There seems to be a new spokesman for CÖF whom I haven’t met before. His name is Endre Szabó, and he represents civic groups concerned with the state of family life in the Carpathian Basin. He criticized “civic groups that are involved with politics and are trying to overthrow the present government.” I guess Szabó has no problem with his own civic groups’ involvement with politics if that entails a defense of the present government. Clearly, logic is not Mr. Szabó’s strength.
Such a publication and strategy might backfire. I would like to remind the Csizmadia-Fricz-Szabó trio of what happened in 2006 when Fidesz strategists tried to convince people that they were better off in 2002 than they were in 2006. A very sad-looking older woman appeared on huge billboards. Soon enough she became the butt of jokes. After all, most people knew through their own experiences that in fact they lived a great deal better in 2006 than in 2002. What will happen now if the electorate remembers that the 2002-2010 period wasn’t so bad after all, especially if they compare it to the economic situation today?
Bajnai’s Haza és Haladás responded quickly. Victor Szigetvári is one of the deputy chairmen of the foundation and a talented campaign strategist. He was in charge of MSZP’s campaign in 2006 and 2010. Szigetvári naturally knew that 2010 was a lost cause, but someone had to take the job and he sacrificed himself, so to speak.
According to Szigetvári, CÖF is perhaps the richest civic organization in all of Europe. He claims that “the resources of CÖF are practically inexhaustible,” so it will be able to publish millions and millions of pamphlets with pseudo-scientific financial data for the 2002-2010 period. It will be, said Szigetvári, a second Magyar Vizsla.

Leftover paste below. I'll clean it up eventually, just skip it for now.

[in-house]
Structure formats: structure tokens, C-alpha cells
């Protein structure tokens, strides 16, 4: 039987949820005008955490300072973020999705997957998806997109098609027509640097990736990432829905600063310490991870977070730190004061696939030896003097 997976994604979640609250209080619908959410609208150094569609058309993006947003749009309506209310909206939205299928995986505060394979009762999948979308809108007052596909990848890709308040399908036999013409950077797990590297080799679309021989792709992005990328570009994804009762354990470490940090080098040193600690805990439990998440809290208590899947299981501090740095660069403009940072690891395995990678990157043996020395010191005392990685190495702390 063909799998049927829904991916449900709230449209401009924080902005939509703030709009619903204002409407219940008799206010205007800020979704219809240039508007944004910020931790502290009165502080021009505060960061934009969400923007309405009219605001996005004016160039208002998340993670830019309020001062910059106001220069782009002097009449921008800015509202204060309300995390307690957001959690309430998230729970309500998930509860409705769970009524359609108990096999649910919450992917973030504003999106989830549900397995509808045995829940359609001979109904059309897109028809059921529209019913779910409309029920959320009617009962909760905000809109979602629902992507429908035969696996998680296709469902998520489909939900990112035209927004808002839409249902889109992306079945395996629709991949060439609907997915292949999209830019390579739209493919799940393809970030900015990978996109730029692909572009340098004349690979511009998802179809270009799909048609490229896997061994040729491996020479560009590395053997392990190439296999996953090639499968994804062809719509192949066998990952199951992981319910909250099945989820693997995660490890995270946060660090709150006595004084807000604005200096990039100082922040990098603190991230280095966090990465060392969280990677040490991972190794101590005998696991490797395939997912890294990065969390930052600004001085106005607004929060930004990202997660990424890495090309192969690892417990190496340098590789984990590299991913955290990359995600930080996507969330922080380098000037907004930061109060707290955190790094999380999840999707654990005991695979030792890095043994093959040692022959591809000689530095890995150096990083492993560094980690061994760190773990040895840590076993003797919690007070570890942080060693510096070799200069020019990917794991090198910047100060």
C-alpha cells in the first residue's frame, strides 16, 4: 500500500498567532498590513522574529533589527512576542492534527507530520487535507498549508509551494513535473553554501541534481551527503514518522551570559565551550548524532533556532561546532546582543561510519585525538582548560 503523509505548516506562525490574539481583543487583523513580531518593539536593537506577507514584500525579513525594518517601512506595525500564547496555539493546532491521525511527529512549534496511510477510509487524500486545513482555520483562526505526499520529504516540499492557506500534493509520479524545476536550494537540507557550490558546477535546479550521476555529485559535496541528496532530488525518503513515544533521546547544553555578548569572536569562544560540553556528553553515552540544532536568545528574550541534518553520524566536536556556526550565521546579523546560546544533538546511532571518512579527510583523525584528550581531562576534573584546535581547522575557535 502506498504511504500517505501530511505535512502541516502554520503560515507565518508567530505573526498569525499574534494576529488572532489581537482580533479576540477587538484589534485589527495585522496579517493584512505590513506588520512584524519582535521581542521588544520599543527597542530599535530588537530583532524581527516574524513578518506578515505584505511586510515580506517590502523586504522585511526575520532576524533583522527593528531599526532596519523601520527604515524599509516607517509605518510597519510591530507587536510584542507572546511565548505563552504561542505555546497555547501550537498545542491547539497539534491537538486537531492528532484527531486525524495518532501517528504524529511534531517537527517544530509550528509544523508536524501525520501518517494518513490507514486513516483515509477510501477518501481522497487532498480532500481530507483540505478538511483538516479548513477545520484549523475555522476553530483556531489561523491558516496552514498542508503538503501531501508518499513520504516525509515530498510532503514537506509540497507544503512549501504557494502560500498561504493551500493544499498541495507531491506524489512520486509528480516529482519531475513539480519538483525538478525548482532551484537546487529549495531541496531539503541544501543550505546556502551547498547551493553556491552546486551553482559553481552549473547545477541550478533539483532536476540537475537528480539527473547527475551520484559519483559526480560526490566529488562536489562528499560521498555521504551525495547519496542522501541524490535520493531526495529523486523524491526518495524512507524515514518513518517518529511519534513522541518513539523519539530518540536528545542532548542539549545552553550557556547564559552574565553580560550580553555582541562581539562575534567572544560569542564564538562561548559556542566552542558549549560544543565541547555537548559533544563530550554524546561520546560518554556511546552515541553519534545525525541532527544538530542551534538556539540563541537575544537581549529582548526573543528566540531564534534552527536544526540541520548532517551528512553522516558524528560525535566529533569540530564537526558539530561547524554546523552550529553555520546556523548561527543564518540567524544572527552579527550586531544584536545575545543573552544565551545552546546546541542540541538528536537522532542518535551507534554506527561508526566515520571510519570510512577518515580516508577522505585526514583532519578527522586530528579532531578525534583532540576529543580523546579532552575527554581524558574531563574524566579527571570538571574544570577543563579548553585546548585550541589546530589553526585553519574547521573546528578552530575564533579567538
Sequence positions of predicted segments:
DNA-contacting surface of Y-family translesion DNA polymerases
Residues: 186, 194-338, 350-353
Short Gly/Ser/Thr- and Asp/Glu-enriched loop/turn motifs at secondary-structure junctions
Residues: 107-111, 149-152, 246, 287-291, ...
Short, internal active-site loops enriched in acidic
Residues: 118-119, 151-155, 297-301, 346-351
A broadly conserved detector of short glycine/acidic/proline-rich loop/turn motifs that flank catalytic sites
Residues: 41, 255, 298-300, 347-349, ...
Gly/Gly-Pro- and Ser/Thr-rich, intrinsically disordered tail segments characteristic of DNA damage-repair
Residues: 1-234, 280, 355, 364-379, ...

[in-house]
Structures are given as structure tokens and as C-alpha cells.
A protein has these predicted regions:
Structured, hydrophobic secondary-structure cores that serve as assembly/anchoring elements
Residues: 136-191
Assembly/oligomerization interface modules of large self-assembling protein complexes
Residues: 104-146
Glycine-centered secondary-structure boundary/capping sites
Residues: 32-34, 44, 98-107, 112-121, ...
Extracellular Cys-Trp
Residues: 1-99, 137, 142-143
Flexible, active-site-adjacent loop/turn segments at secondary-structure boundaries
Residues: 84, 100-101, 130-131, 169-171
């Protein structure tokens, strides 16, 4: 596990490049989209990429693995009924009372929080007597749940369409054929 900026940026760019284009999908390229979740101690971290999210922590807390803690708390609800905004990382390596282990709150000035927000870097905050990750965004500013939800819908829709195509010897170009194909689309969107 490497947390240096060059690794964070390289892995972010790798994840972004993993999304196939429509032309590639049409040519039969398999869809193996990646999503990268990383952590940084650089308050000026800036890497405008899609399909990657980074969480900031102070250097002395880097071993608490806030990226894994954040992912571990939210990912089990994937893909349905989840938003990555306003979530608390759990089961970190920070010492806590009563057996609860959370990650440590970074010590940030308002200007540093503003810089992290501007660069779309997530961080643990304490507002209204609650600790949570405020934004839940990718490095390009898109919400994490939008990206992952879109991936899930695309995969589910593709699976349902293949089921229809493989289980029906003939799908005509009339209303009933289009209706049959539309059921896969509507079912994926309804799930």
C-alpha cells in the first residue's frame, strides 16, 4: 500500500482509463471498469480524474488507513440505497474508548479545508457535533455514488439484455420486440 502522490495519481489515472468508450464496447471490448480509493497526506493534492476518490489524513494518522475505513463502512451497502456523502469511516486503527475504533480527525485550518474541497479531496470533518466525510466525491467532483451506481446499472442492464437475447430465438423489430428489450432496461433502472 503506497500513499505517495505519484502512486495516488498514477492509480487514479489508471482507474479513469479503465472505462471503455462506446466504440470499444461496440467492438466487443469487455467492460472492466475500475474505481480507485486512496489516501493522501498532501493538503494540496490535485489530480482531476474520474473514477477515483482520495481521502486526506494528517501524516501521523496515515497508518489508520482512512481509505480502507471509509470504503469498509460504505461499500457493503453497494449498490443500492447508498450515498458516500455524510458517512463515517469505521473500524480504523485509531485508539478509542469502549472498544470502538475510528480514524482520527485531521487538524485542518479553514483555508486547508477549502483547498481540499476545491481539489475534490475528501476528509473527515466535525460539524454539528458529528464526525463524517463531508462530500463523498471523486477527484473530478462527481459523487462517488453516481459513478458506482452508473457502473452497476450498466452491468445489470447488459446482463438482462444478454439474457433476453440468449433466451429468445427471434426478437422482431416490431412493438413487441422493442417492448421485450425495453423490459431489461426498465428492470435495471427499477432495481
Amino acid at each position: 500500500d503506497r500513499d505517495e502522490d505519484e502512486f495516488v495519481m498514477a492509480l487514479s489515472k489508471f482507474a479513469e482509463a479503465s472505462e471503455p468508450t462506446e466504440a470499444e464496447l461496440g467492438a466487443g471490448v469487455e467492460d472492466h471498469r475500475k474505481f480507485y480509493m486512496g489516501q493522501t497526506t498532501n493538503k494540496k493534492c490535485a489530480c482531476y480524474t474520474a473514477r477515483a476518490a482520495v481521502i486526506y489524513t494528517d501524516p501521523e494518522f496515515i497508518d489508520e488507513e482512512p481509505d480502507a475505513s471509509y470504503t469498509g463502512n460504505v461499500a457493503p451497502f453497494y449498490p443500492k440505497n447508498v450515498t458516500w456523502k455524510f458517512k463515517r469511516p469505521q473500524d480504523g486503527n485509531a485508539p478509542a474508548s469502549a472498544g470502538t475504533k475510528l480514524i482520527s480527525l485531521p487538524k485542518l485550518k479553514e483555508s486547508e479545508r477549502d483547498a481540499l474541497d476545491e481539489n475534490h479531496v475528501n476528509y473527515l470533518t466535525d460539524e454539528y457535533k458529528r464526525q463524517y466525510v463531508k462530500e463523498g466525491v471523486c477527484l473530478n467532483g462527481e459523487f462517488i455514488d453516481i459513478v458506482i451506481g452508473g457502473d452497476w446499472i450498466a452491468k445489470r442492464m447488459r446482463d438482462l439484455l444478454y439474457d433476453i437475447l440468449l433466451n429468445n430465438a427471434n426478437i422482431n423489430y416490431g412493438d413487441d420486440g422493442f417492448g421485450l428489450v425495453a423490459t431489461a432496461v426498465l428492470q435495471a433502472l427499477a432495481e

A few words about Magyar Vizsla. It was a publication that tried to discredit Ferenc Gyurcsány and other leading members of the government in 2006. It was a primitive collection of lies that could easily be disproved. Naturally, it wasn’t Fidesz who lent its name to the publication. They dredged up a woman who claimed that she as a private person paid the millions of forints for the publication. Eventually, Magyar Vizsla was traced back through a fax number to Fidesz headquarters. But no problem. In typical Fidesz fashion they acted as if nothing had happened. Szigetvári expects a publication similar to Magyar Vizsla. Of course, by now Fidesz has perfected their dirty tricks, but who knows when they will trip up. Richard Nixon had much more practice, and still….
P.S. Anyone who would like support Gordon Bajnai’s Együtt 2014 can do so on the Internet: